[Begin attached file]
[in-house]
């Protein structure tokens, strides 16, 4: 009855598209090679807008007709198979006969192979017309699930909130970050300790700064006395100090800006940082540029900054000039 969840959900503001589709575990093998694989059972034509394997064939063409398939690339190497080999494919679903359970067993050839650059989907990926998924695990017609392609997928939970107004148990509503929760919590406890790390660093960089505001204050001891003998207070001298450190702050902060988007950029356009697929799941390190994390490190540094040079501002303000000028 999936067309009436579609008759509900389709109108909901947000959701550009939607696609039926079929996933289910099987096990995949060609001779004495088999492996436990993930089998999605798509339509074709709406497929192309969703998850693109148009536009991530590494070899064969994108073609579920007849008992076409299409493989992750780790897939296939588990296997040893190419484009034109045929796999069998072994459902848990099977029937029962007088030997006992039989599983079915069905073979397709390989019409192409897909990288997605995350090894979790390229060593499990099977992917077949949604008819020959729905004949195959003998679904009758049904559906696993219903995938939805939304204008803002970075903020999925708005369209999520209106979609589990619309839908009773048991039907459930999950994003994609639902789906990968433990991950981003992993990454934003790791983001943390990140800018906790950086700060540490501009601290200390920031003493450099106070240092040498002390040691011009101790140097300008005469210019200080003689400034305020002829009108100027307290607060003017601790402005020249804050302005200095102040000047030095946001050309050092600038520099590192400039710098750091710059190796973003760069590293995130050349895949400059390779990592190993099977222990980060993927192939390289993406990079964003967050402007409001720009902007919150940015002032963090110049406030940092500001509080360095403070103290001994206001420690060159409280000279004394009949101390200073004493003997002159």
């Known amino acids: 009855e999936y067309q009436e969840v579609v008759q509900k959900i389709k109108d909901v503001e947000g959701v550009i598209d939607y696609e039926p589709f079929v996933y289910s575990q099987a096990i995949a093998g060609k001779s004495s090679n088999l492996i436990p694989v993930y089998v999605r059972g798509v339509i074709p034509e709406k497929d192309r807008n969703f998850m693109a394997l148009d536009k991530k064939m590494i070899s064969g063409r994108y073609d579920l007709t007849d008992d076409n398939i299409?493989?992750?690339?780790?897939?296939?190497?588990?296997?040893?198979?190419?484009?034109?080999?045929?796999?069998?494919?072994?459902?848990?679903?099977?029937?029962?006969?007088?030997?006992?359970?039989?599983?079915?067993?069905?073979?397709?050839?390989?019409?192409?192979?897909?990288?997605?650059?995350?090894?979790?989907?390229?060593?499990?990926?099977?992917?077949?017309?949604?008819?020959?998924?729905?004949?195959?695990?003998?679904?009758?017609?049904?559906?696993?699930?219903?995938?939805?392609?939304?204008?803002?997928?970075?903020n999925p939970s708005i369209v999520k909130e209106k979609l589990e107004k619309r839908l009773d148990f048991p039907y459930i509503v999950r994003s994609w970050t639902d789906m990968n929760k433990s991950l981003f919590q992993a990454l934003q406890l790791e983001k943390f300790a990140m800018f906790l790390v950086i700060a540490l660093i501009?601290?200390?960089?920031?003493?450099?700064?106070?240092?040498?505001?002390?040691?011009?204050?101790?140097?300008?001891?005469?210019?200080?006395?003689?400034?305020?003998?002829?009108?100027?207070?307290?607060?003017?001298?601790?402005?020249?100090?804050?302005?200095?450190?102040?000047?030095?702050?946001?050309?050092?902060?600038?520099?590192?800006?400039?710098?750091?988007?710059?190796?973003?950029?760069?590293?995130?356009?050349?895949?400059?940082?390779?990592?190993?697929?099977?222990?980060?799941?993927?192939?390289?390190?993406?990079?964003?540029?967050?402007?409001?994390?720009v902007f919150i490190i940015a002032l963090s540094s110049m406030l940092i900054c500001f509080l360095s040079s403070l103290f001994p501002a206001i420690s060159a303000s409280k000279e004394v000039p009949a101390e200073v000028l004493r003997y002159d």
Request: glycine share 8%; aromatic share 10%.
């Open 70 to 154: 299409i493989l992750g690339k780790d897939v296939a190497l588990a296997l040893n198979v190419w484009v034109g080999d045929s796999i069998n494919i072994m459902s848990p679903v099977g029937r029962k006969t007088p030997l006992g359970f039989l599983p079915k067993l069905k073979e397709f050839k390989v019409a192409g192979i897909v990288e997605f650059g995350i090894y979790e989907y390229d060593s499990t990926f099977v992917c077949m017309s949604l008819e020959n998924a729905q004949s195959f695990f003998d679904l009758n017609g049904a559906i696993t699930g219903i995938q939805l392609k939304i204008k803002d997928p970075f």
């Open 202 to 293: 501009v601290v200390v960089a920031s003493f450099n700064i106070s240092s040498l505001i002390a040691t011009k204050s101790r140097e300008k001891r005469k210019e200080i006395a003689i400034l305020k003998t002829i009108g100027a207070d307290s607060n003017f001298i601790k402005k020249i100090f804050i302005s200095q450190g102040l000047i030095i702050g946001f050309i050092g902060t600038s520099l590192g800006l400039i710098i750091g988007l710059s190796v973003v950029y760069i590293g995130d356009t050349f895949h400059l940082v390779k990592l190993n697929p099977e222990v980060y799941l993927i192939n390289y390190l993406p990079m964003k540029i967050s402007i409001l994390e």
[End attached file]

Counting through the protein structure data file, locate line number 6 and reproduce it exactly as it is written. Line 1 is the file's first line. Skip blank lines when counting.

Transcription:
């Open 202 to 293: 501009v601290v200390v960089a920031s003493f450099n700064i106070s240092s040498l505001i002390a040691t011009k204050s101790r140097e300008k001891r005469k210019e200080i006395a003689i400034l305020k003998t002829i009108g100027a207070d307290s607060n003017f001298i601790k402005k020249i100090f804050i302005s200095q450190g102040l000047i030095i702050g946001f050309i050092g902060t600038s520099l590192g800006l400039i710098i750091g988007l710059s190796v973003v950029y760069i590293g995130d356009t050349f895949h400059l940082v390779k990592l190993n697929p099977e222990v980060y799941l993927i192939n390289y390190l993406p990079m964003k540029i967050s402007i409001l994390e």